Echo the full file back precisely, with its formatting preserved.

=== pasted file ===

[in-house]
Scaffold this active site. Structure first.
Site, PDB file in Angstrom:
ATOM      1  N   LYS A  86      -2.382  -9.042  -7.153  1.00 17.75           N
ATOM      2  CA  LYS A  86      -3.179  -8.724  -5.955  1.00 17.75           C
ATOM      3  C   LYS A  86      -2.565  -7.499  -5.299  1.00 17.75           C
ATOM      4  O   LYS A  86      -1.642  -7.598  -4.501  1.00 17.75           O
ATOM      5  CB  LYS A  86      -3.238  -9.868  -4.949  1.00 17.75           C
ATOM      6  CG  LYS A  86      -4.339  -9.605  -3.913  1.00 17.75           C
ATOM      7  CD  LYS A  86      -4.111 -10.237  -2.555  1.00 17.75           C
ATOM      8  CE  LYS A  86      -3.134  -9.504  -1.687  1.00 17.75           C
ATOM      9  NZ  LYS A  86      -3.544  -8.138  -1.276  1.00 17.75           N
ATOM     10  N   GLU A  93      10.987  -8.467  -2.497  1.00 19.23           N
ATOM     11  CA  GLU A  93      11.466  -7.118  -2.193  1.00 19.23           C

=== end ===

[in-house]
Scaffold this active site. Structure first.
Site, PDB file in Angstrom:
ATOM      1  N   LYS A  86      -2.382  -9.042  -7.153  1.00 17.75           N
ATOM      2  CA  LYS A  86      -3.179  -8.724  -5.955  1.00 17.75           C
ATOM      3  C   LYS A  86      -2.565  -7.499  -5.299  1.00 17.75           C
ATOM      4  O   LYS A  86      -1.642  -7.598  -4.501  1.00 17.75           O
ATOM      5  CB  LYS A  86      -3.238  -9.868  -4.949  1.00 17.75           C
ATOM      6  CG  LYS A  86      -4.339  -9.605  -3.913  1.00 17.75           C
ATOM      7  CD  LYS A  86      -4.111 -10.237  -2.555  1.00 17.75           C
ATOM      8  CE  LYS A  86      -3.134  -9.504  -1.687  1.00 17.75           C
ATOM      9  NZ  LYS A  86      -3.544  -8.138  -1.276  1.00 17.75           N
ATOM     10  N   GLU A  93      10.987  -8.467  -2.497  1.00 19.23           N
ATOM     11  CA  GLU A  93      11.466  -7.118  -2.193  1.00 19.23           C